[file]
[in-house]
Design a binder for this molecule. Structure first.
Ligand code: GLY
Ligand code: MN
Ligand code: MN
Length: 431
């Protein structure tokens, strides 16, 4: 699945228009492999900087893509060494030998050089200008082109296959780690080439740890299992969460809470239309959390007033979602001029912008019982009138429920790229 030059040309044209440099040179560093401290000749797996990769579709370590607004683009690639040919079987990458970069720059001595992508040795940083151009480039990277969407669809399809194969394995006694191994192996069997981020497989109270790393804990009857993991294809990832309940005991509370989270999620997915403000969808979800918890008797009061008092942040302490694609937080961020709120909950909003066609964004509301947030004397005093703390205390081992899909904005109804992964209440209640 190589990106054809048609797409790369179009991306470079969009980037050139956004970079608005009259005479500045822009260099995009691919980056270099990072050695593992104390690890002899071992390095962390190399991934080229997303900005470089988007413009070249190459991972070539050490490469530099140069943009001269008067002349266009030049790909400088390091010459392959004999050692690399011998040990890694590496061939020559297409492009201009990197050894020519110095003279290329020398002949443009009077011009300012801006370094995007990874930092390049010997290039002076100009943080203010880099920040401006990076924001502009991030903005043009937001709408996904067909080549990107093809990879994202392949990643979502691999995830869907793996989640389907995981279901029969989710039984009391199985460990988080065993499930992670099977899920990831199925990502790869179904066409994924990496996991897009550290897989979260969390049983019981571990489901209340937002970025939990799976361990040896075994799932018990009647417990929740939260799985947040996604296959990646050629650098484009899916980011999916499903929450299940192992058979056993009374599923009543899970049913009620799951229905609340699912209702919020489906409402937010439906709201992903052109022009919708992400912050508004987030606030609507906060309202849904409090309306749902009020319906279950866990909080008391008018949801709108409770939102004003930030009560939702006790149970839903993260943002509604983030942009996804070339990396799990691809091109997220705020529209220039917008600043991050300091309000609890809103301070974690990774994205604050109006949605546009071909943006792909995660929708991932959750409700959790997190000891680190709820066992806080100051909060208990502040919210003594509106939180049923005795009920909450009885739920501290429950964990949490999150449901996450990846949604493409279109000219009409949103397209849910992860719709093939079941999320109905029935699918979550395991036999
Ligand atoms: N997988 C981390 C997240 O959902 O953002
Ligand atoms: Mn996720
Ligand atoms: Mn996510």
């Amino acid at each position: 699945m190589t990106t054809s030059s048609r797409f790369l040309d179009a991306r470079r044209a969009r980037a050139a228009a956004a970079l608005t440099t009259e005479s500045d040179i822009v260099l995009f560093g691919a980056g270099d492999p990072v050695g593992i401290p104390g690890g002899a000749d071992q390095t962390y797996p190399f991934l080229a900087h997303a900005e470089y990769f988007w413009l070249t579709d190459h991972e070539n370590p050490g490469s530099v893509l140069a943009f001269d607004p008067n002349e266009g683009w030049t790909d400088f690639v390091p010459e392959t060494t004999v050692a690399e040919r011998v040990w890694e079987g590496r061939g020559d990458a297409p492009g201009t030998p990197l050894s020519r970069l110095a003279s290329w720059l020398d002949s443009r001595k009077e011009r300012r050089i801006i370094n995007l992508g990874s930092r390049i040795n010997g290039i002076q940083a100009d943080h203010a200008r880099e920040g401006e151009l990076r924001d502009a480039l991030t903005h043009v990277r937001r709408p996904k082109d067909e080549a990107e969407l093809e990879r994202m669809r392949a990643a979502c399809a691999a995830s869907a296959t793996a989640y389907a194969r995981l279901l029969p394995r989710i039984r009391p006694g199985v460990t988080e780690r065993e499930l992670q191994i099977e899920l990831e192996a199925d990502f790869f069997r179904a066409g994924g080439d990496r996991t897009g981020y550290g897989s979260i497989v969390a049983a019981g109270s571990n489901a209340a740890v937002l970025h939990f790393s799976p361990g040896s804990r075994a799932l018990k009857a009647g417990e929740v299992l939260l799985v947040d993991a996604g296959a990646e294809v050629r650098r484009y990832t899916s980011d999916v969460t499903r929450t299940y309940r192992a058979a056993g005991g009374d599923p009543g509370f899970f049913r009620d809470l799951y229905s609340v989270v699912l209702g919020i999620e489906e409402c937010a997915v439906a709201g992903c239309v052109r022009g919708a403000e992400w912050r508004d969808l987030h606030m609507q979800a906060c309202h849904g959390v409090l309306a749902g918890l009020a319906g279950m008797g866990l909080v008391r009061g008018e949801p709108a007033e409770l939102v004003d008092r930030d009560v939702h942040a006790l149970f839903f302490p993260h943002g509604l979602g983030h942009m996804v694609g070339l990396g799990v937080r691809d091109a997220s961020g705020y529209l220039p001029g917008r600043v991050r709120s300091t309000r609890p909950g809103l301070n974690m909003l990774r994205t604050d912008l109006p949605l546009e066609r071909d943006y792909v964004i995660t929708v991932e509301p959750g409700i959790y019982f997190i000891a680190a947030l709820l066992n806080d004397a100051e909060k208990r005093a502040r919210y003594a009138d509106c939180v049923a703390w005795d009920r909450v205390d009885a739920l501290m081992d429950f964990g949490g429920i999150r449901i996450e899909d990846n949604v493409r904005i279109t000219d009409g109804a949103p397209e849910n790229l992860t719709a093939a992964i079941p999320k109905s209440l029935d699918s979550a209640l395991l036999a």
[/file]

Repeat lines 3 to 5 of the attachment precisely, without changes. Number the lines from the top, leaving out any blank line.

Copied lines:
Ligand code: GLY
Ligand code: MN
Ligand code: MN